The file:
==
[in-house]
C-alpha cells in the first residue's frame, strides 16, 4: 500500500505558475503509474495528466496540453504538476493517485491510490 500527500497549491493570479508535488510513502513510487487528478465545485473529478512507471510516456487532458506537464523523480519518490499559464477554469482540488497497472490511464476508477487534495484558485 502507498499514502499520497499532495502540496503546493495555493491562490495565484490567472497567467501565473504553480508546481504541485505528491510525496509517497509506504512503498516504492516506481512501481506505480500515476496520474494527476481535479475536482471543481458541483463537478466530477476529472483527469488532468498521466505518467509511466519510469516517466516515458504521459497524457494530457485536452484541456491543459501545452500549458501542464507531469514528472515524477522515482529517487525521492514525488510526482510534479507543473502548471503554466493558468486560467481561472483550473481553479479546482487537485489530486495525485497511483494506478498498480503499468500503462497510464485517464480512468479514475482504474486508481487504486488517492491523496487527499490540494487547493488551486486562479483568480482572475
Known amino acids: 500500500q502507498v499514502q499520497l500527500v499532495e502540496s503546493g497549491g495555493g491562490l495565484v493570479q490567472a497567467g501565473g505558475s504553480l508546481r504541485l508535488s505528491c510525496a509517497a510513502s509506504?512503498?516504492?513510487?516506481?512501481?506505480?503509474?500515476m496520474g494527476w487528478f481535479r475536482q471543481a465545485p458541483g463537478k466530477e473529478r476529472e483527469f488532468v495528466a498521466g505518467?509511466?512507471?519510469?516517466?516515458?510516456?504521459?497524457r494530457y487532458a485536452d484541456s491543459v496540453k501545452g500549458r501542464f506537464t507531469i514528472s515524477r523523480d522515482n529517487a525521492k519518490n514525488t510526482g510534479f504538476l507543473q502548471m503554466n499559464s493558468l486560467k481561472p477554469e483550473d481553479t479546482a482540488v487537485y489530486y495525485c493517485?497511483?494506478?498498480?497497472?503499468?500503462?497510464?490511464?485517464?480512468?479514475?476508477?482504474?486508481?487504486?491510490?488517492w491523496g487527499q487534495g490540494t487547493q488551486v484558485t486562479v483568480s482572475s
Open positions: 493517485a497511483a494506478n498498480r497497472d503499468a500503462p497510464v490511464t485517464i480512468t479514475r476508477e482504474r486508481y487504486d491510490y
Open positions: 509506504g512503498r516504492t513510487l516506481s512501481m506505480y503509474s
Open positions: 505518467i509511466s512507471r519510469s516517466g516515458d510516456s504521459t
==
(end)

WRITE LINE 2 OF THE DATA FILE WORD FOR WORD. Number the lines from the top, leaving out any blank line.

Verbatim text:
C-alpha cells in the first residue's frame, strides 16, 4: 500500500505558475503509474495528466496540453504538476493517485491510490 500527500497549491493570479508535488510513502513510487487528478465545485473529478512507471510516456487532458506537464523523480519518490499559464477554469482540488497497472490511464476508477487534495484558485 502507498499514502499520497499532495502540496503546493495555493491562490495565484490567472497567467501565473504553480508546481504541485505528491510525496509517497509506504512503498516504492516506481512501481506505480500515476496520474494527476481535479475536482471543481458541483463537478466530477476529472483527469488532468498521466505518467509511466519510469516517466516515458504521459497524457494530457485536452484541456491543459501545452500549458501542464507531469514528472515524477522515482529517487525521492514525488510526482510534479507543473502548471503554466493558468486560467481561472483550473481553479479546482487537485489530486495525485497511483494506478498498480503499468500503462497510464485517464480512468479514475482504474486508481487504486488517492491523496487527499490540494487547493488551486486562479483568480482572475